I am confident the A400M could take off at 160t MTOW as it sits right now but with overload flight restrictions. Airbus is expert at increasing MTOW of their designs by analysing the wing box loads and adding very minor weight to add strength. As the MTOW increased on the A321 and A350 they became more dominant. Their payload range curves improved making them more cost effecticely in terms of payload weight over distance. The C-27J
NG added wingtips and a MTOW bump for less than $100 million.

Obviously the higher the MTOW is increased the more it costs and it would no doubt be an exponential increase in cost. A 160t MTOW A400ER would be incredibly low cost with very minor changes. A 200t MTOW would cost billions but it would still be better value than a cleansheet design. Anything over 200t and the changes would become too great with bigger engines, landing gear etc.
 
johns624
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Re: EU SATOC - Strategic Air Transport for Outsized Cargo

Fri Jan 07, 2022 12:30 am

The Netherlands and Belgium got rid of their tanks (Yeah, I know about the leased Dutch company). The UK is down to 2 battalions. Germany doesn't do out-of-area heavy deployments, as well as Italy and Spain. That leaves the French (maybe). There's not a lot of stuff that requires a heavy transport.
 
mxaxai
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Re: EU SATOC - Strategic Air Transport for Outsized Cargo

Fri Jan 07, 2022 7:57 am

RJMAZ wrote:
mxaxai wrote:
RJMAZ wrote:
Does anyone know what oversized items Europe is transporting by air?

  • Helicopters (NH-90, Tiger, CH-53)
  • Large vehicles and AFVs (Canada used them to bring some Leopard 2 tanks to Afghanistan, probably the heaviest piece of cargo these aircraft saw)
  • Food, supplies and small arms
  • Face masks (for COVID)
  • Memorial stones (at least 1)
  • Shipping and medical containers

I don't think Europe has ever moved a tank before. The only thing left on the list that can't physically fit the A400M is the CH-53. But Germany is about to replace it and the easy answer is to buy Chinook that can fit the A400M despite being more capable.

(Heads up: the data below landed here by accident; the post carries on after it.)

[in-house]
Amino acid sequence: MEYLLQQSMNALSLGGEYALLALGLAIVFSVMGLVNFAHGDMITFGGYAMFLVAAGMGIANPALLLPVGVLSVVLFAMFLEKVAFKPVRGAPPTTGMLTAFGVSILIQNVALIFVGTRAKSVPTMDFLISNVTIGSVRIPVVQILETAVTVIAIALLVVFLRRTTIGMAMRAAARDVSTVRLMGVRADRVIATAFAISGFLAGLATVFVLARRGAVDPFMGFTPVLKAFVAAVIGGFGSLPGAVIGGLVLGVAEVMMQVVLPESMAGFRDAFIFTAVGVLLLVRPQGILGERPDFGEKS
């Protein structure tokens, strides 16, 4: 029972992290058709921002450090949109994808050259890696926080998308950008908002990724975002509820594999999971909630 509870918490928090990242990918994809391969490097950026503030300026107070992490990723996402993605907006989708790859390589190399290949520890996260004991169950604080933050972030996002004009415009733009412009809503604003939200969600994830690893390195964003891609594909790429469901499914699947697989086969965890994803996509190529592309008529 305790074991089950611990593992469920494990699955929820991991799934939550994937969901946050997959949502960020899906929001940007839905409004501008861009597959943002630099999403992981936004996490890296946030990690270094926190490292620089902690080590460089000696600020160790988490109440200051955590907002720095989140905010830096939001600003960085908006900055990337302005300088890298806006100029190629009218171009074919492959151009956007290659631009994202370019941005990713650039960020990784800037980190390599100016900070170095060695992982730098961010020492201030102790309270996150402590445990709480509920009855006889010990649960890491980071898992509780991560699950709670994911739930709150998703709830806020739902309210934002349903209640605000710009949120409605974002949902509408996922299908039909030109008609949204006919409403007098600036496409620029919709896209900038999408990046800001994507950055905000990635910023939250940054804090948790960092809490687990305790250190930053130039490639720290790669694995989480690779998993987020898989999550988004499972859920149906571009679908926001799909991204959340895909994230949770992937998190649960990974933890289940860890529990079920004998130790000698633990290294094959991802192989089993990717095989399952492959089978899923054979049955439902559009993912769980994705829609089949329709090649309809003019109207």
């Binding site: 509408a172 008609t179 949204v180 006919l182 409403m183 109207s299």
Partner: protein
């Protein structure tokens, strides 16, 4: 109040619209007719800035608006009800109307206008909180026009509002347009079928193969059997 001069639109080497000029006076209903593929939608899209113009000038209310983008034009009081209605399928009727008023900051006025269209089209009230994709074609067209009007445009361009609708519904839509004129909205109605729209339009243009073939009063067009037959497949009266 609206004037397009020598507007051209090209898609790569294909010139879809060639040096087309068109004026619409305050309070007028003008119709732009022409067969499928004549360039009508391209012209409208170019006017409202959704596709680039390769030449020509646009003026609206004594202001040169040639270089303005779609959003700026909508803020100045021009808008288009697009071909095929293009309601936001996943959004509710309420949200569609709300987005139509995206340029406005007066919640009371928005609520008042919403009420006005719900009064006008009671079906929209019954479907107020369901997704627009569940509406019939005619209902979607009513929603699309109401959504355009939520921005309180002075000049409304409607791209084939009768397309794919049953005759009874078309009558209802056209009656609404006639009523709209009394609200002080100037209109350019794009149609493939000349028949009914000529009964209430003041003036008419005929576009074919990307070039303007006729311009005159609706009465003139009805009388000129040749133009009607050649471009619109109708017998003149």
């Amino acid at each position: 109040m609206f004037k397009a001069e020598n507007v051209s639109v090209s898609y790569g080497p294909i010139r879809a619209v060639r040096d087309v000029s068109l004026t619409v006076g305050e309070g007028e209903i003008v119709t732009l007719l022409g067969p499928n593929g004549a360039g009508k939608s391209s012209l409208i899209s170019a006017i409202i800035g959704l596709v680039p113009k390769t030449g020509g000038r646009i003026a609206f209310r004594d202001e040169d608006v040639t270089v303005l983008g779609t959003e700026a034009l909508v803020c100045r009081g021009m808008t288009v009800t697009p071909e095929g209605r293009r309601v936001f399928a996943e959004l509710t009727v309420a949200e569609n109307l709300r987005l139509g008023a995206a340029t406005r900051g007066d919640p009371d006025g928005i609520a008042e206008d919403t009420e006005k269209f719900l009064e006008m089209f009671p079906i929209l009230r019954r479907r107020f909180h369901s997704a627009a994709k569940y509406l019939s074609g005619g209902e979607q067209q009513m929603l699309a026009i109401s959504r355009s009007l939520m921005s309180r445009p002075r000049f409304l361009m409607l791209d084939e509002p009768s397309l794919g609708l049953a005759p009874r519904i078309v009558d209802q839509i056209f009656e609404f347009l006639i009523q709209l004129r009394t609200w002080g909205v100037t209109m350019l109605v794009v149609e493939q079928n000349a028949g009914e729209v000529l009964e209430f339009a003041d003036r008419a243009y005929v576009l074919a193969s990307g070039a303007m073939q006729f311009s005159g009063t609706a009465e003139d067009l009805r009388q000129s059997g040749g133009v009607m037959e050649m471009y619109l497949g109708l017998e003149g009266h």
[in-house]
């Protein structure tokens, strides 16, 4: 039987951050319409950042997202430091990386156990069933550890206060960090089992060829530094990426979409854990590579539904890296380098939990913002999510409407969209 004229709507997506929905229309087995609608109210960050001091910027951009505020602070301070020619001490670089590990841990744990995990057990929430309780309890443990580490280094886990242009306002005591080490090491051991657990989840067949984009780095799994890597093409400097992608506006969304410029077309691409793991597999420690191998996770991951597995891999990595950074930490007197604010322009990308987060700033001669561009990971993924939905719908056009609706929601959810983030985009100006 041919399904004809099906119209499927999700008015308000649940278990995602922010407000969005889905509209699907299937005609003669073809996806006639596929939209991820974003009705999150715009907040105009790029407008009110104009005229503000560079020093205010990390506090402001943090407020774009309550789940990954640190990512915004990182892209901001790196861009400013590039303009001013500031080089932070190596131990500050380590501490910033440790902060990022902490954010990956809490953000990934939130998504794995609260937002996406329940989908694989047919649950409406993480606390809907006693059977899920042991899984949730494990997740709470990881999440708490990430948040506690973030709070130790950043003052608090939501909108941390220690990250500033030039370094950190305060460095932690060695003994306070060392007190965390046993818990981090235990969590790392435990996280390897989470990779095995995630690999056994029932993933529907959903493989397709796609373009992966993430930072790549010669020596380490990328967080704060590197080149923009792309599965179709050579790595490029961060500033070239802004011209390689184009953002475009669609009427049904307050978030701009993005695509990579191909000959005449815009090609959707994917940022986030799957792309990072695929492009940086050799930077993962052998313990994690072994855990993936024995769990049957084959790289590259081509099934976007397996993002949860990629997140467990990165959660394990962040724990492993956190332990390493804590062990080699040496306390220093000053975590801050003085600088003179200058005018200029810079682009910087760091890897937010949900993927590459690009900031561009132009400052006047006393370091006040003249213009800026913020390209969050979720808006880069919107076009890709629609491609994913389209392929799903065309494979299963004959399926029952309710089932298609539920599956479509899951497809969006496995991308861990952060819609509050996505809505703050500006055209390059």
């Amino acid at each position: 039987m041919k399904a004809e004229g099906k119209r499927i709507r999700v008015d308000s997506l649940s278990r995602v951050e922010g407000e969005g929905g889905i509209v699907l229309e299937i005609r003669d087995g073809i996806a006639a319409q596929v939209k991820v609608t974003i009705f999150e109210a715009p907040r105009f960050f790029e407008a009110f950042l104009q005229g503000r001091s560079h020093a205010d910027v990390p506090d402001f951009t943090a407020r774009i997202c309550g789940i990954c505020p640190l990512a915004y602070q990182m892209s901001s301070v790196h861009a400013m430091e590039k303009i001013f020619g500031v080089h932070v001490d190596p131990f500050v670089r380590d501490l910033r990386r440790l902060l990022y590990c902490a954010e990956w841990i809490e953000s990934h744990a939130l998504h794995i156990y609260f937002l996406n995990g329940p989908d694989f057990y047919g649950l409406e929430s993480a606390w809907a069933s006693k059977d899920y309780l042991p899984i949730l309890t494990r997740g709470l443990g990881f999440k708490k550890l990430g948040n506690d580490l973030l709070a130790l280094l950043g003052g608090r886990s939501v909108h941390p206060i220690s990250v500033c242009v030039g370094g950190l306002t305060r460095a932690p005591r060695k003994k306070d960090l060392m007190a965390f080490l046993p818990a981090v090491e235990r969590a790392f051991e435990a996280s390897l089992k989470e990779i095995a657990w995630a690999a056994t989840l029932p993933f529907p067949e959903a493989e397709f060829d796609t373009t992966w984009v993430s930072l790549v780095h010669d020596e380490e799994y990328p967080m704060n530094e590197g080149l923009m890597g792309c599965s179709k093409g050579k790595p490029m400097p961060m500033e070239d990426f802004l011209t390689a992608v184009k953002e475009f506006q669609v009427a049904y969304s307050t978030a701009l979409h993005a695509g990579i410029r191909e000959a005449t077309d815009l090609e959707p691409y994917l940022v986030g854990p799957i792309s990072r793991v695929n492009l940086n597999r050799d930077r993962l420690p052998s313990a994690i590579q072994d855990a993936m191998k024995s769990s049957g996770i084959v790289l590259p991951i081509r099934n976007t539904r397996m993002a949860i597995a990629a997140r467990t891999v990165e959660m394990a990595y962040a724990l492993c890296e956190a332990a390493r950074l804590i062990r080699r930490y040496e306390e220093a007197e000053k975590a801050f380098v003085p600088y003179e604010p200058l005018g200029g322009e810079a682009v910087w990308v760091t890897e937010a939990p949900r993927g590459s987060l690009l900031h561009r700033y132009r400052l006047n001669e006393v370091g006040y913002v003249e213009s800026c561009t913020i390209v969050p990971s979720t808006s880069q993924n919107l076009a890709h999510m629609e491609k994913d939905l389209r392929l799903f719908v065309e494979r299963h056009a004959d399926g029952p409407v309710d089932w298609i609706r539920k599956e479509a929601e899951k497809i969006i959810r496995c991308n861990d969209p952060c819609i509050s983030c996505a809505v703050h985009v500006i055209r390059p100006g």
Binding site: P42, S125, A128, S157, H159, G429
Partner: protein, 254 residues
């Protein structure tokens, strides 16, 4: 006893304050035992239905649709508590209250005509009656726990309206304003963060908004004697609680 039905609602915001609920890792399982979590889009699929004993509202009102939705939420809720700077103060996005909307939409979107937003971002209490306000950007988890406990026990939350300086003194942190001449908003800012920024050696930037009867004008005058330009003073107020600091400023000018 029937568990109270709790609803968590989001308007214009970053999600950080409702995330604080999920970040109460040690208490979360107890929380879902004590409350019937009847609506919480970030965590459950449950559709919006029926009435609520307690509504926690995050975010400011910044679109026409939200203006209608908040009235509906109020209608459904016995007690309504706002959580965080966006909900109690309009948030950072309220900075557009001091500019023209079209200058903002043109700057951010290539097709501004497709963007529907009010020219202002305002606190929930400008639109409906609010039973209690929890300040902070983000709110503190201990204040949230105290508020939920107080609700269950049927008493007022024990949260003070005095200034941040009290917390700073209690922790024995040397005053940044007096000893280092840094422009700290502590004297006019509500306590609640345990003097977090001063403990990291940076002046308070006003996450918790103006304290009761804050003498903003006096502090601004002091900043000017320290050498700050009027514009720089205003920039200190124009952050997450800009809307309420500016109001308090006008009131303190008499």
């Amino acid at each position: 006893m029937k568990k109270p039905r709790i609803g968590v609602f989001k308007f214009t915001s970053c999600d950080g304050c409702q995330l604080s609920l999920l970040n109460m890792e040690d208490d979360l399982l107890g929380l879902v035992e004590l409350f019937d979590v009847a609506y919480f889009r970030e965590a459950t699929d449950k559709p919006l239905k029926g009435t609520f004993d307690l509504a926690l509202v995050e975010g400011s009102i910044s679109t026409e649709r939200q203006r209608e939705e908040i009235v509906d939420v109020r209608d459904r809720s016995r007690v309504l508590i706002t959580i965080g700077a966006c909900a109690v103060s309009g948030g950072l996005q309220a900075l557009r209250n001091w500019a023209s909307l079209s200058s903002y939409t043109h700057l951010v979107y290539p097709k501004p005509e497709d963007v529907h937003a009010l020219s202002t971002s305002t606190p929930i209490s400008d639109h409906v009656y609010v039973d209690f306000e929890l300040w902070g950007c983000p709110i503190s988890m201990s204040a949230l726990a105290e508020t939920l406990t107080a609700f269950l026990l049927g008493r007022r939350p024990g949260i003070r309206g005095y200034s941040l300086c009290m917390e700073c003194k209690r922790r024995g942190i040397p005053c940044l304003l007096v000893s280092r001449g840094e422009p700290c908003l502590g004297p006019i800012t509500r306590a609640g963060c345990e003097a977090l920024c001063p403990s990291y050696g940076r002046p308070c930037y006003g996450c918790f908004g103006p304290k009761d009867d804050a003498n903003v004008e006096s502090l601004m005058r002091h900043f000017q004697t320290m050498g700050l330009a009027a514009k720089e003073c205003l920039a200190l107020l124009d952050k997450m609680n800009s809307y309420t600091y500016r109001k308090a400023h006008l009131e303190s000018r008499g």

Germany flew the PzH 2000 to Afghanistan, too heavy for the A400M. (Also, how did the Danish Leopards get to Afghanistan? Via Pakistani roads?)

For some of the larger helicopters, the An-124 (or the C-17) is advantageous because less disassembly is required to fit the cargo hold.
 
Schroinx
Topic Author
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Re: EU SATOC - Strategic Air Transport for Outsized Cargo

Fri Jan 07, 2022 8:49 am

Some of the requirements for strategic airlift may not be aimed at a specific type of vehicle, but having the option to ship in the heavy stuff is important and the A4000 don't do that.
The ability to lift a larger amount of troops and gear to a faraway place, than is possible with individual A400 flights. 50 An-124s can lift a lot more a lot faster than 50 A400s. In such a scenario the An-124 and likely MRTTs would ferry the gear and troops to the theater and then the A400 and the medium transport would do the in-theater relocation to austere airstrips, as an An-124-like plane would be too heavy for most airstrips. In Denmark, we still have a few tanks. They did come in handy in the Balkans and the ability to ship a few of them overseas fast is nice, as it can save the day, as they did in the Balkans. We had already deployed them, but that may not always be the case, so having to option to do so increases the range of options in a conflict.
So the SATOC program is likely also to give EU the capability to deploy say a brigade to a faraway place and do it fast. Like if there was a repeat of Crimea or the evacuation of Kabul. It provides more options.